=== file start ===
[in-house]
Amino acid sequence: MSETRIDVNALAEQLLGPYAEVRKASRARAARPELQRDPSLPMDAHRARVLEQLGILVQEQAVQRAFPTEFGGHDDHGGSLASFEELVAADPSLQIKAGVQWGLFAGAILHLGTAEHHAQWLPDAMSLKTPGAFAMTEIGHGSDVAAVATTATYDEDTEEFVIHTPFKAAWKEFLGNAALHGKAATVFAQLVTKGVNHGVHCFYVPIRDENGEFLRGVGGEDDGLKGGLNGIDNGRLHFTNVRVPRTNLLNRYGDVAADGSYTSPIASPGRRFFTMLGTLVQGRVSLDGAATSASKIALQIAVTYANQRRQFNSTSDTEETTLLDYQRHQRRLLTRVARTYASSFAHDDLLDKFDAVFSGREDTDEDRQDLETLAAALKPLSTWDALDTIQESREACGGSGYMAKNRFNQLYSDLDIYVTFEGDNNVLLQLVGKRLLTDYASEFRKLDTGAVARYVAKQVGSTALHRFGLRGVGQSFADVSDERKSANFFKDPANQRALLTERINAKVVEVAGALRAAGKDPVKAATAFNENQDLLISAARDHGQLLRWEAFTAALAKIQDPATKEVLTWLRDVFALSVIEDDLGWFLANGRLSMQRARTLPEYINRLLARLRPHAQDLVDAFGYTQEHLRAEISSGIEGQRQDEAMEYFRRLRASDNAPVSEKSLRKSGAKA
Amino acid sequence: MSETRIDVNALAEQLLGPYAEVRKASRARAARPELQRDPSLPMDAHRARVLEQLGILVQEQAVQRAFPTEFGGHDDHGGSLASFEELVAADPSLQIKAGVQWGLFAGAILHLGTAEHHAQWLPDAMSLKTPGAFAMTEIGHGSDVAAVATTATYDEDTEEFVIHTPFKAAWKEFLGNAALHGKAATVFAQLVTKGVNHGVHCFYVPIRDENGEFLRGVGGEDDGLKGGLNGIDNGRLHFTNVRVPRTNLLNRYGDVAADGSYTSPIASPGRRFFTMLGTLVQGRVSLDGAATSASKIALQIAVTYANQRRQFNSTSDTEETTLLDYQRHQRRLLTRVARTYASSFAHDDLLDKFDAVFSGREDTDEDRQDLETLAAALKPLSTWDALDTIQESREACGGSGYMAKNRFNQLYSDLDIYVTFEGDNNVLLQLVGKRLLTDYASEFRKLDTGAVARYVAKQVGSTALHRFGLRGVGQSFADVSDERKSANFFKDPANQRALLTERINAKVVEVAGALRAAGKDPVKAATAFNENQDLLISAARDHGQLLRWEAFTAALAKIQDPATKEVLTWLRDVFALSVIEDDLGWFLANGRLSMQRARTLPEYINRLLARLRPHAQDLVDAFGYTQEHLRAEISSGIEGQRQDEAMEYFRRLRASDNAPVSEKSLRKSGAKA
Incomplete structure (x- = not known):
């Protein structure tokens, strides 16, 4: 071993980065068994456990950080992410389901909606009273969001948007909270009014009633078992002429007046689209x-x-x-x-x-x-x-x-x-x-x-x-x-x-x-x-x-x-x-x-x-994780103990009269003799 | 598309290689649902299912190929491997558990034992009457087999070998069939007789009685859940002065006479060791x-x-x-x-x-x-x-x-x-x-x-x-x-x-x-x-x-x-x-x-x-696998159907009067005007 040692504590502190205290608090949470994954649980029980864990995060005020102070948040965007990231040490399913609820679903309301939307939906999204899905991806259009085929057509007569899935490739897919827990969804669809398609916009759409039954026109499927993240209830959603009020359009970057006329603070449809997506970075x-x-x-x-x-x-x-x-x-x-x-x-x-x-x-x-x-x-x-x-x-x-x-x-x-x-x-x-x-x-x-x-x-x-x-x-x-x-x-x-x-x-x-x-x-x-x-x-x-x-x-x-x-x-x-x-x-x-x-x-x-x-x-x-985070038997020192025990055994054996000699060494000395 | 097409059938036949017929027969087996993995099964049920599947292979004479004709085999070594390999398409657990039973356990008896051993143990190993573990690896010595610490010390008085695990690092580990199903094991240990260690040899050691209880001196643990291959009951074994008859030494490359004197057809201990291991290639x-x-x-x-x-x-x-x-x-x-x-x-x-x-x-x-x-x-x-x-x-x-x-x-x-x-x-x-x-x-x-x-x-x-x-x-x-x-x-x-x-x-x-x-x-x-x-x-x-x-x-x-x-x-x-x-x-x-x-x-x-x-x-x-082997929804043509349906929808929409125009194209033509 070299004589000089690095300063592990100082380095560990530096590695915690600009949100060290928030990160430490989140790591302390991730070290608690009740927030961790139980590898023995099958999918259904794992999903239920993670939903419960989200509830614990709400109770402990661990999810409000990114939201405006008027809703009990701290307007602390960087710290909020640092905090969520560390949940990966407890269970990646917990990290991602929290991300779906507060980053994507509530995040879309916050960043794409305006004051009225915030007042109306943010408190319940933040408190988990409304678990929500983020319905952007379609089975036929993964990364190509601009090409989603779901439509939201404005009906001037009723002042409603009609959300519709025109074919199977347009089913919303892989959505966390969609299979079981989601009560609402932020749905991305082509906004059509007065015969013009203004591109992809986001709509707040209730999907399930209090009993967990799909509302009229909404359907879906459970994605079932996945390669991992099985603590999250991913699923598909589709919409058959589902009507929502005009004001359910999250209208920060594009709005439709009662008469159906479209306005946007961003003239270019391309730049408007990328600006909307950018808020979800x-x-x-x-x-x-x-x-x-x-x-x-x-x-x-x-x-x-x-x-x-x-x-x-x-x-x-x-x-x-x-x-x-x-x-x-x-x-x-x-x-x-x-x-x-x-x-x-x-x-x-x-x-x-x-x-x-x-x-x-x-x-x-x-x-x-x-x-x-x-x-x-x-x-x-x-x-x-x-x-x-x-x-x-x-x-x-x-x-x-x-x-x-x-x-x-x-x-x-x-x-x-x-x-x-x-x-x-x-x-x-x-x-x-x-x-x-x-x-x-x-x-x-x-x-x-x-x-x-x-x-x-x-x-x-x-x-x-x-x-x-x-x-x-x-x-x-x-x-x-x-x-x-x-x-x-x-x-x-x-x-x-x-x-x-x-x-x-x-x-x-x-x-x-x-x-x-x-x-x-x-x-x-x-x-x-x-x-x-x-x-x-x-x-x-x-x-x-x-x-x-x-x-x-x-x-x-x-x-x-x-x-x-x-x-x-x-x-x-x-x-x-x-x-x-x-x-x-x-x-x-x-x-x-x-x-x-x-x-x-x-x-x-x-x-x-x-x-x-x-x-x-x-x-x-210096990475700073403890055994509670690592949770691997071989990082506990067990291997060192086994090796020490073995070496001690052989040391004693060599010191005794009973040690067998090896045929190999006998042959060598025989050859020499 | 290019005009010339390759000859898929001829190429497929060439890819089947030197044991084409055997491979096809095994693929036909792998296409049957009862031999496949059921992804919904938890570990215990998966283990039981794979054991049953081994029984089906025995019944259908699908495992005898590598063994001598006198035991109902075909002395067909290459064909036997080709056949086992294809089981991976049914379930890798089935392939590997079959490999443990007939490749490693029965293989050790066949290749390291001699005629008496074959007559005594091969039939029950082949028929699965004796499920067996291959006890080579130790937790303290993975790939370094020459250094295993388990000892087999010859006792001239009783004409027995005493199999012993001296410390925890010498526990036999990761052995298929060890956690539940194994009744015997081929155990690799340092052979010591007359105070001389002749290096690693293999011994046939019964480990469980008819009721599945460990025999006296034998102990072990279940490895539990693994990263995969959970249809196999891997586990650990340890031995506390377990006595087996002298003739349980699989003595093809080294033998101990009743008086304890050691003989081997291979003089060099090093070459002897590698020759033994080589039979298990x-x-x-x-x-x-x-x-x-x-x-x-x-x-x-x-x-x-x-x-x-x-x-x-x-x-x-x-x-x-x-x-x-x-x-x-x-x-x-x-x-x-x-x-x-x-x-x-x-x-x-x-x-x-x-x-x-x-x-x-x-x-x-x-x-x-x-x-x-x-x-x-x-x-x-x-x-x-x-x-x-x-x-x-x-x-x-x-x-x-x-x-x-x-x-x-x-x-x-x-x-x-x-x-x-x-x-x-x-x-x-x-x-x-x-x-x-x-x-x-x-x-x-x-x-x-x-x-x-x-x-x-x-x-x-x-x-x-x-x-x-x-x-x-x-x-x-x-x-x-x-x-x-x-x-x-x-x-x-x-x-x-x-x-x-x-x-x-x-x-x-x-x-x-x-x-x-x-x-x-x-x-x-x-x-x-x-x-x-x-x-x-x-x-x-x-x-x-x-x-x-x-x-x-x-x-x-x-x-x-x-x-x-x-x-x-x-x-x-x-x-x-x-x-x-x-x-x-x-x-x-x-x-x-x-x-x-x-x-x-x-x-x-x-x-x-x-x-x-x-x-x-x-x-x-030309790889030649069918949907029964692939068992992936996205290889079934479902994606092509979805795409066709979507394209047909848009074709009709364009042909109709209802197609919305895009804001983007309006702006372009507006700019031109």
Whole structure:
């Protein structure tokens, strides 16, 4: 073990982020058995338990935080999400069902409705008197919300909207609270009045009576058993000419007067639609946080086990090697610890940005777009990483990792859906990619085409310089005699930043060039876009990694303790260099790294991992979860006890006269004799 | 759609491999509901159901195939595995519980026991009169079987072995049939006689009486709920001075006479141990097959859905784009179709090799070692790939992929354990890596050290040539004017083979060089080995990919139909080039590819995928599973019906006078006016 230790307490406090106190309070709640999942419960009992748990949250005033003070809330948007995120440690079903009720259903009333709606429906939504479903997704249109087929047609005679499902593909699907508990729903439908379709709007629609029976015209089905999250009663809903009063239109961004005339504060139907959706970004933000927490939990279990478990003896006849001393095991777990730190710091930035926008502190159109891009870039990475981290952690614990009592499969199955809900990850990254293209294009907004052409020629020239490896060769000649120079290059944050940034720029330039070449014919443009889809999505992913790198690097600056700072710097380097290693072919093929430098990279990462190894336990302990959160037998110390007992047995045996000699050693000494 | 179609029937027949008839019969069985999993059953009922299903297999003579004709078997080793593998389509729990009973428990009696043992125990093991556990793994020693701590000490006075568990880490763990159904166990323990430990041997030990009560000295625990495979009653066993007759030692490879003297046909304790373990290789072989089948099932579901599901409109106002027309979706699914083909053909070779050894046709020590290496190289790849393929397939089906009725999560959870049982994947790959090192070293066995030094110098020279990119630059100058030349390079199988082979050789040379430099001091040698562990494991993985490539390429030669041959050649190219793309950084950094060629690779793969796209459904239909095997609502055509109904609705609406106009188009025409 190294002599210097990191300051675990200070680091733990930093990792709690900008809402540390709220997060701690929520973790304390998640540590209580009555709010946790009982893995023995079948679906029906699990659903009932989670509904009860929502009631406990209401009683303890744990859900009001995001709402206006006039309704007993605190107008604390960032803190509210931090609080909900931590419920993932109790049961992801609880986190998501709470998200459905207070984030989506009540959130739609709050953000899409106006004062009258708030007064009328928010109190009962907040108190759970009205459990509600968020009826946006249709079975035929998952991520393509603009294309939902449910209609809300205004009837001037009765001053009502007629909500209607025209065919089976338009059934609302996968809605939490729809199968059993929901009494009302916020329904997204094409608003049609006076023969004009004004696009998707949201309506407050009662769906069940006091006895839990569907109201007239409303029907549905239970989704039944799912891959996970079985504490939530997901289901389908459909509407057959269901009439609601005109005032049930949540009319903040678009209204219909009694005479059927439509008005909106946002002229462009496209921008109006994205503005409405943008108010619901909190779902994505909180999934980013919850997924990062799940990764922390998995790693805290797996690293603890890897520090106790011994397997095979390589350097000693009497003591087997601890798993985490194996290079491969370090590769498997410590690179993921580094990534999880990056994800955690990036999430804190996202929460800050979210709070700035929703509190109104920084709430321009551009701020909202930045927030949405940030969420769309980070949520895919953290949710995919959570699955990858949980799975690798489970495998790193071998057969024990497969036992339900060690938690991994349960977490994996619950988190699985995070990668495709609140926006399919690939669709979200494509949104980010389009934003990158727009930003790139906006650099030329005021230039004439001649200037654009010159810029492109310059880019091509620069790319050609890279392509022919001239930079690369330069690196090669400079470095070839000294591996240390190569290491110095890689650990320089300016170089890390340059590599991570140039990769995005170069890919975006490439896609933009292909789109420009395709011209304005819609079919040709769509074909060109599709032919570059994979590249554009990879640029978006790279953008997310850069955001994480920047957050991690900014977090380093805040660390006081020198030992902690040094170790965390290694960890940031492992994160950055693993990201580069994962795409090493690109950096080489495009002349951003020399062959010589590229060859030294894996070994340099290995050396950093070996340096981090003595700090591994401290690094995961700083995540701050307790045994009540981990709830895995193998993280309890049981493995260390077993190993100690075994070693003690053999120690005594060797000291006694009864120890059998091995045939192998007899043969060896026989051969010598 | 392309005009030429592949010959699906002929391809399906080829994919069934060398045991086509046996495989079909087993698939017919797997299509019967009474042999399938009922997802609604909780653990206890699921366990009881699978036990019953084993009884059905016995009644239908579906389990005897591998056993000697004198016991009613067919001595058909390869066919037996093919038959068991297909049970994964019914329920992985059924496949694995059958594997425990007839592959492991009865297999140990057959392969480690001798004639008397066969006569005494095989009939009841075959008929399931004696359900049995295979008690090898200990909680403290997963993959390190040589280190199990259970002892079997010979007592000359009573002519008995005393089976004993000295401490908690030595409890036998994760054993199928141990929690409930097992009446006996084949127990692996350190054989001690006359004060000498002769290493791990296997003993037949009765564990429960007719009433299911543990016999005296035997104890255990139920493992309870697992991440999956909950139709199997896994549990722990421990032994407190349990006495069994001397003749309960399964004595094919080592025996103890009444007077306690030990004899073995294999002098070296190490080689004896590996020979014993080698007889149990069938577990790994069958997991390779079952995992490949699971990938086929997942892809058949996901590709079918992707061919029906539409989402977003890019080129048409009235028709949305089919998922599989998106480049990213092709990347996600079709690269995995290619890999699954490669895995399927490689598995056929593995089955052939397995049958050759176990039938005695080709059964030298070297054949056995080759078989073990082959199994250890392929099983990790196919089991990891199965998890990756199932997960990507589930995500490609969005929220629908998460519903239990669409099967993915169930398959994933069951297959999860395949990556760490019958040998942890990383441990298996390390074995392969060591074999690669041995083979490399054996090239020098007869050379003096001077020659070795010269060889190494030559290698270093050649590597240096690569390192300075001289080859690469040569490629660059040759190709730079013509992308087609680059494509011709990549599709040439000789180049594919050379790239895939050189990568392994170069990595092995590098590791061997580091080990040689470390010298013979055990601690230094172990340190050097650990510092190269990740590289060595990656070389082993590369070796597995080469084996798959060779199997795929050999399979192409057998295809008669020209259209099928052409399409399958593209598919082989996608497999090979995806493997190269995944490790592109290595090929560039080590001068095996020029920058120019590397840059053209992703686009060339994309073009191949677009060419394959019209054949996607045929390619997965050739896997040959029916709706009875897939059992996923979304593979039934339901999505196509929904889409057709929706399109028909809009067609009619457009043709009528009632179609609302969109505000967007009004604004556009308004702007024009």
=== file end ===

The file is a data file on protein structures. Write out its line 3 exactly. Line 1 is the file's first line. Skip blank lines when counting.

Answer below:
Amino acid sequence: MSETRIDVNALAEQLLGPYAEVRKASRARAARPELQRDPSLPMDAHRARVLEQLGILVQEQAVQRAFPTEFGGHDDHGGSLASFEELVAADPSLQIKAGVQWGLFAGAILHLGTAEHHAQWLPDAMSLKTPGAFAMTEIGHGSDVAAVATTATYDEDTEEFVIHTPFKAAWKEFLGNAALHGKAATVFAQLVTKGVNHGVHCFYVPIRDENGEFLRGVGGEDDGLKGGLNGIDNGRLHFTNVRVPRTNLLNRYGDVAADGSYTSPIASPGRRFFTMLGTLVQGRVSLDGAATSASKIALQIAVTYANQRRQFNSTSDTEETTLLDYQRHQRRLLTRVARTYASSFAHDDLLDKFDAVFSGREDTDEDRQDLETLAAALKPLSTWDALDTIQESREACGGSGYMAKNRFNQLYSDLDIYVTFEGDNNVLLQLVGKRLLTDYASEFRKLDTGAVARYVAKQVGSTALHRFGLRGVGQSFADVSDERKSANFFKDPANQRALLTERINAKVVEVAGALRAAGKDPVKAATAFNENQDLLISAARDHGQLLRWEAFTAALAKIQDPATKEVLTWLRDVFALSVIEDDLGWFLANGRLSMQRARTLPEYINRLLARLRPHAQDLVDAFGYTQEHLRAEISSGIEGQRQDEAMEYFRRLRASDNAPVSEKSLRKSGAKA